Number 10 says it wants “smooth trade between the UK and the EU”. But, in another potential flashpoint, Brussels has argued that fresh checks, dubbed “customs formalities” by the EU’s chief negotiator on Monday, are an inevitable consequence of Britain’s insistence it is quitting the customs union. “Access to the EU markets will be subject to certification and market authorisation and supervision activities,” Barnier said on Monday.


One of the most emotive issues through the Brexit process has been the fate of Britain’s fishing communities, many of whom feel they’ve had a raw deal under the EU’s Common Fisheries Policy. Boris Johnson has been adamant that the UK will “take back control” over its “spectacular maritime wealth” after it quits the bloc, with Britain becoming an “independent coastal state” no longer bound by quotas set in Brussels.

But the EU has already linked Britain’s bountiful seas to a potential deal on financial services. The argument essentially goes: give us your fish, and we’ll let your banks do business here largely unimpeded. Given that fishing accounts for less than 0.05% of the UK’s overall economic output while the financial services industry represents a whopping 7.1%, it’s easy to see why ministers could be tempted to sell fishermen and women down the river.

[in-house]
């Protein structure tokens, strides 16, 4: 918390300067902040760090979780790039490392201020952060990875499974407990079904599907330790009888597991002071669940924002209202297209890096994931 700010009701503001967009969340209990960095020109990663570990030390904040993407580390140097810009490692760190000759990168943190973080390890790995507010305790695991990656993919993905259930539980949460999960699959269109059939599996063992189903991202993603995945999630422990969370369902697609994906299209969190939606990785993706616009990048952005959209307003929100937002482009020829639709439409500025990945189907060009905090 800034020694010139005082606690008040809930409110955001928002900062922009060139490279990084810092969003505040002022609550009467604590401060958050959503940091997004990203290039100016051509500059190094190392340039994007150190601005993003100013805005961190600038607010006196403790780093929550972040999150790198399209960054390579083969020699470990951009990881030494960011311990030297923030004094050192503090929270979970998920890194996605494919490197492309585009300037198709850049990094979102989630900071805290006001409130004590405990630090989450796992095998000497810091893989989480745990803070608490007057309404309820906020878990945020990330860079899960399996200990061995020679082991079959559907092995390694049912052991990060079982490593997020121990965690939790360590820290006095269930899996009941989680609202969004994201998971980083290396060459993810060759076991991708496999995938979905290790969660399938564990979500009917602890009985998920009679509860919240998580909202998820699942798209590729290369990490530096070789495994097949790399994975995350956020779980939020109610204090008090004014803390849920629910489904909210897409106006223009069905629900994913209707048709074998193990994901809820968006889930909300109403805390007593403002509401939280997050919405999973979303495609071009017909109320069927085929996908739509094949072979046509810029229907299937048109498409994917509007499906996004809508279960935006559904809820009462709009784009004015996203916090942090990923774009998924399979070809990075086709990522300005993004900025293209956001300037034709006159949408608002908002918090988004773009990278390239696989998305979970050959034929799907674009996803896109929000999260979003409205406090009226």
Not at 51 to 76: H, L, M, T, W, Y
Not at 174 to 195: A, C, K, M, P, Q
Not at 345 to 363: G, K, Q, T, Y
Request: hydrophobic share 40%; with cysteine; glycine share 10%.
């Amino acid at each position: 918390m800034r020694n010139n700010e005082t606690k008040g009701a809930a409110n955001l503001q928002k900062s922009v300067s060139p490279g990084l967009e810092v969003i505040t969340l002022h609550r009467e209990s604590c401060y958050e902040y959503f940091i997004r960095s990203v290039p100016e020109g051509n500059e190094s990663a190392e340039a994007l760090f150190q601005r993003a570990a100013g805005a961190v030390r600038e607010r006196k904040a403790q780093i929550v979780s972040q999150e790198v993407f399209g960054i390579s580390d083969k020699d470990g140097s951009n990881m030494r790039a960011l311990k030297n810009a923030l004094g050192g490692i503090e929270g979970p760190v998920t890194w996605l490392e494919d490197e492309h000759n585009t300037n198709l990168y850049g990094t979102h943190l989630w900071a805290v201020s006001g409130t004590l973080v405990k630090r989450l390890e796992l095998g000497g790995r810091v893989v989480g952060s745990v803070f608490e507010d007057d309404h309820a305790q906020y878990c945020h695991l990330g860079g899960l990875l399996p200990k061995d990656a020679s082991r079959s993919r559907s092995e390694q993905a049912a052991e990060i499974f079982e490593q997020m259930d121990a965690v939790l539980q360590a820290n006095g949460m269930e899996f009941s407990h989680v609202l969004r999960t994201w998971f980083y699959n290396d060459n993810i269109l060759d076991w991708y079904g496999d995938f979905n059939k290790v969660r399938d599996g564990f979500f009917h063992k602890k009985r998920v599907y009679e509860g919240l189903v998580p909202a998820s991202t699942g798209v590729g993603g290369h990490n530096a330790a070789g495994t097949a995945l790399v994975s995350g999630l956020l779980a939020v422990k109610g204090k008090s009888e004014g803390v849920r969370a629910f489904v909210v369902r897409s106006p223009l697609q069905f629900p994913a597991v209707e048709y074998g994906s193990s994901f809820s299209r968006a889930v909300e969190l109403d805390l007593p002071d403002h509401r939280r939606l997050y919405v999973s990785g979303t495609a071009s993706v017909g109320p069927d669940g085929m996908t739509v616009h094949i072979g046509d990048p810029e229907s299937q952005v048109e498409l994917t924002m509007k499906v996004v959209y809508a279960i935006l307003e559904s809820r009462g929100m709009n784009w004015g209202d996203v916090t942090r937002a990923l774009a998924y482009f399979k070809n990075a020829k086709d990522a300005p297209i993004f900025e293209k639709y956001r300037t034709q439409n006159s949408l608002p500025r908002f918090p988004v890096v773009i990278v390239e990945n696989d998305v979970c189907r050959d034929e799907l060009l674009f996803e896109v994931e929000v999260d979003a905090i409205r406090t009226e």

The Government’s opening pitch for the talks certainly leaves some wiggle room on that front. Although it says Britain will become an “independent coastal state at the end of 2020 and any agreement must reflect this reality”, it pitches for “annual negotiations with the EU on access to waters” and says it will “consider a mechanism for cooperation on fisheries matters”.

On financial services, meanwhile, the EU is already talking tough. Britain says it wants “both sides to provide a predictable, transparent, and business- friendly environment for financial services firms”.

But Barnier on Monday reiterated the EU’s longstanding position that British banks and insurers “will no longer have the passporting rights they used to enjoy” as they did under membership - closing the door on a system that allows financial firms to trade through the bloc without extra regulatory barriers. That has already come as a big blow to the banking sector - so can the two sides find enough goodwill to negotiate an alternative? We're about to find out...